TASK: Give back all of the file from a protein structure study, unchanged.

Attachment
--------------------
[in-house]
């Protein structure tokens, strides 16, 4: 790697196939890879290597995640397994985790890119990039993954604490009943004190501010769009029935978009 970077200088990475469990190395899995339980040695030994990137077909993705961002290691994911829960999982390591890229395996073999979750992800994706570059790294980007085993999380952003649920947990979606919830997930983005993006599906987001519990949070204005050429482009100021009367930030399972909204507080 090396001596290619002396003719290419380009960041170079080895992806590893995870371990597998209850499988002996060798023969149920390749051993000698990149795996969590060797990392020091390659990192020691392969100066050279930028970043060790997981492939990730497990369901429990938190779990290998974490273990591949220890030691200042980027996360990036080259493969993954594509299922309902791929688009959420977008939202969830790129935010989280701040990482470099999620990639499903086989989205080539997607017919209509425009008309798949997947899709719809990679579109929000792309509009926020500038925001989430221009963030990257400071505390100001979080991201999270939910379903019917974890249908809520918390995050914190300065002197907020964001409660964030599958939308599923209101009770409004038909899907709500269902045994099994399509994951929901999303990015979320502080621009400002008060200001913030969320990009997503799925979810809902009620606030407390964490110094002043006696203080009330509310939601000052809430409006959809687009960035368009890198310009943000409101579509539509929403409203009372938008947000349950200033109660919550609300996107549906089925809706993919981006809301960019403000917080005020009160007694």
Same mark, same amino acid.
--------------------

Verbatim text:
[in-house]
């Protein structure tokens, strides 16, 4: 790697196939890879290597995640397994985790890119990039993954604490009943004190501010769009029935978009 970077200088990475469990190395899995339980040695030994990137077909993705961002290691994911829960999982390591890229395996073999979750992800994706570059790294980007085993999380952003649920947990979606919830997930983005993006599906987001519990949070204005050429482009100021009367930030399972909204507080 090396001596290619002396003719290419380009960041170079080895992806590893995870371990597998209850499988002996060798023969149920390749051993000698990149795996969590060797990392020091390659990192020691392969100066050279930028970043060790997981492939990730497990369901429990938190779990290998974490273990591949220890030691200042980027996360990036080259493969993954594509299922309902791929688009959420977008939202969830790129935010989280701040990482470099999620990639499903086989989205080539997607017919209509425009008309798949997947899709719809990679579109929000792309509009926020500038925001989430221009963030990257400071505390100001979080991201999270939910379903019917974890249908809520918390995050914190300065002197907020964001409660964030599958939308599923209101009770409004038909899907709500269902045994099994399509994951929901999303990015979320502080621009400002008060200001913030969320990009997503799925979810809902009620606030407390964490110094002043006696203080009330509310939601000052809430409006959809687009960035368009890198310009943000409101579509539509929403409203009372938008947000349950200033109660919550609300996107549906089925809706993919981006809301960019403000917080005020009160007694």
Same mark, same amino acid.